With Courage and Cloth: Winning the Fight for a Woman’s Right to Vote, by Ann Bausum 2005 Awardee

Marching to the Mountaintop: How Poverty, Labor Fights and Civil Rights Set the Stage for Martin Luther King Jr’s Final Hours, written by Ann Bausum 2013 Awardee


A Grown-Up Learning Experience for a Nine-Year-Old: A Week in Jail

Cynthia Levinson and illustrator Vanessa Brantley Newton have brought to life the experience of Audrey Faye Hendricks who listened wide-eyed and thoughtfully at grown-up talk about fighting for Civil Rights. It’s a picture book called The Youngest Marcher: The Story of Audrey Faye Hendricks, a Young Civil Rights Activist.

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We’ve Got a Job: The 1963 Birmingham Children’s March written by Cynthia Levinson 2013 Awardee

We Shall Overcome: The Story of a Song written by Debbie Levy and illustrated by Vanessa Brantley-Newton 2014 Awardee


Obituary: Marilyn Sachs

Sachs credits her desire to avoid bullying, and a rich family history of storytellers, as catalysts for developing a talent for “rearranging the truth” and telling tales.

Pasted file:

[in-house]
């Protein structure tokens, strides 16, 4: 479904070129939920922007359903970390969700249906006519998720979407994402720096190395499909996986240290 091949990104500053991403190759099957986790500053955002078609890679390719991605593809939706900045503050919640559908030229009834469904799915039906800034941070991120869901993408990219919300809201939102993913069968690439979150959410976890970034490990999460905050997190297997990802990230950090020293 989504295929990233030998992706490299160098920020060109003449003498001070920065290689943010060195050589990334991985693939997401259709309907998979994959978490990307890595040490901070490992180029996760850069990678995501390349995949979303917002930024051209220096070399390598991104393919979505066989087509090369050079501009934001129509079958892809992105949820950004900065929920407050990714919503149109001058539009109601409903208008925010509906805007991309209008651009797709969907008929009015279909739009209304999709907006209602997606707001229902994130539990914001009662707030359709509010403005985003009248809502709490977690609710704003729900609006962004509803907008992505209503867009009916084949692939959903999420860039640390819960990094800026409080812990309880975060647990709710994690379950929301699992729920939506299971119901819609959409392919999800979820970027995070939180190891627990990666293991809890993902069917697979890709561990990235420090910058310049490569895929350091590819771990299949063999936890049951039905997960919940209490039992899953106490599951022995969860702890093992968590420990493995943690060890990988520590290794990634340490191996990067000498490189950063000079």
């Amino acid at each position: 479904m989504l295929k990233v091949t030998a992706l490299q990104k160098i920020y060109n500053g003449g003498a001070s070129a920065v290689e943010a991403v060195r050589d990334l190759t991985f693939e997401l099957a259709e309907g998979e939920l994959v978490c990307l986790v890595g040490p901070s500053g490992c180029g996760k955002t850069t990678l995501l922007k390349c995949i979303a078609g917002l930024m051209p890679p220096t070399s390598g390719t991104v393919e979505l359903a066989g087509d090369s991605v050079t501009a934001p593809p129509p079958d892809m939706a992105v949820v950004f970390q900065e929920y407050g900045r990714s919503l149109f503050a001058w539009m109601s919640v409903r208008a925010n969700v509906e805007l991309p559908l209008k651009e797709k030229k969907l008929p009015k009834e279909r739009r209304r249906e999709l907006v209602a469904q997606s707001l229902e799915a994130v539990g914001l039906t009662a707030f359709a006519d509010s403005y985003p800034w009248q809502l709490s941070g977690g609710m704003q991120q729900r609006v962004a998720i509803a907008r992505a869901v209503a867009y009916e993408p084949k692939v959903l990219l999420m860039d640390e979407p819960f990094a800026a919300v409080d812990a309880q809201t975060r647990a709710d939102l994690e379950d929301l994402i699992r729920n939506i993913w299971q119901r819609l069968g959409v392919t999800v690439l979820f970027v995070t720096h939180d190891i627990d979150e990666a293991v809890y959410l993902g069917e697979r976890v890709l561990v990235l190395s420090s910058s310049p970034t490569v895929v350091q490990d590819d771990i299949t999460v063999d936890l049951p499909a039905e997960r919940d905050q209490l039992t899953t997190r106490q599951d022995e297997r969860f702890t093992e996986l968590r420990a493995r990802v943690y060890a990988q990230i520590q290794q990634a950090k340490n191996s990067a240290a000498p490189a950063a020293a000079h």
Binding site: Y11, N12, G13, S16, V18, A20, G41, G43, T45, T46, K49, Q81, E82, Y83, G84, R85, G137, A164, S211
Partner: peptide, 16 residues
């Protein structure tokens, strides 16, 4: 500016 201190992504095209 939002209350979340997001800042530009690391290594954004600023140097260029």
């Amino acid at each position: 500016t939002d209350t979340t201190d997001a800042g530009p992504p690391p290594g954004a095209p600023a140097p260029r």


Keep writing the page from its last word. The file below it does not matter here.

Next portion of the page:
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The Big Book for Peace edited by Ann Durell and Marilyn Sachs 1991 Awardee

A Pocket Full of Seeds written by Marilyn Sachs 1974 Awardee


Kerry James Marshall and Faith Ringgold Receive CAA Awards for Distinction

The College Art Association (CAA) has announced the recipients of the 2017 Awards for Distinction, which celebrates the achievements of artists, art historians, authors, conservators, curators, and critics whose work has an impact both in their professional fields and the art world at large.

Kerry James Marshall is the recipient of the 2017 CAA Artist Award for Distinguished Body of Work, while Faith Ringgold is the winner of the 2017 CAA Distinguished Artist Award for Lifetime Achievement.

Ringgold, who is widely considered one of the most influential living African American artists, has been awarded for her multidisciplinary work, comprising painting, quilts, sculpture, performance, and children’s books, which explores Civil Rights, racial justice, feminism, and art history.

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Aunt Harriet’s Underground Railroad in the Sky by Faith Ringgold 1993 Awardee


Kirsten Greenidge on adapting the beloved Bud, Not Buddy for the stage

When Christopher Paul Curtis wrote the children’s book, Bud, Not Buddy, in 1999 it quickly became a darling among book critics and beloved by families everywhere. The cherished book won two prestigious awards: the 2000 John Newbery Medal for Excellence in Children’s Literature and the Coretta Scott King Award.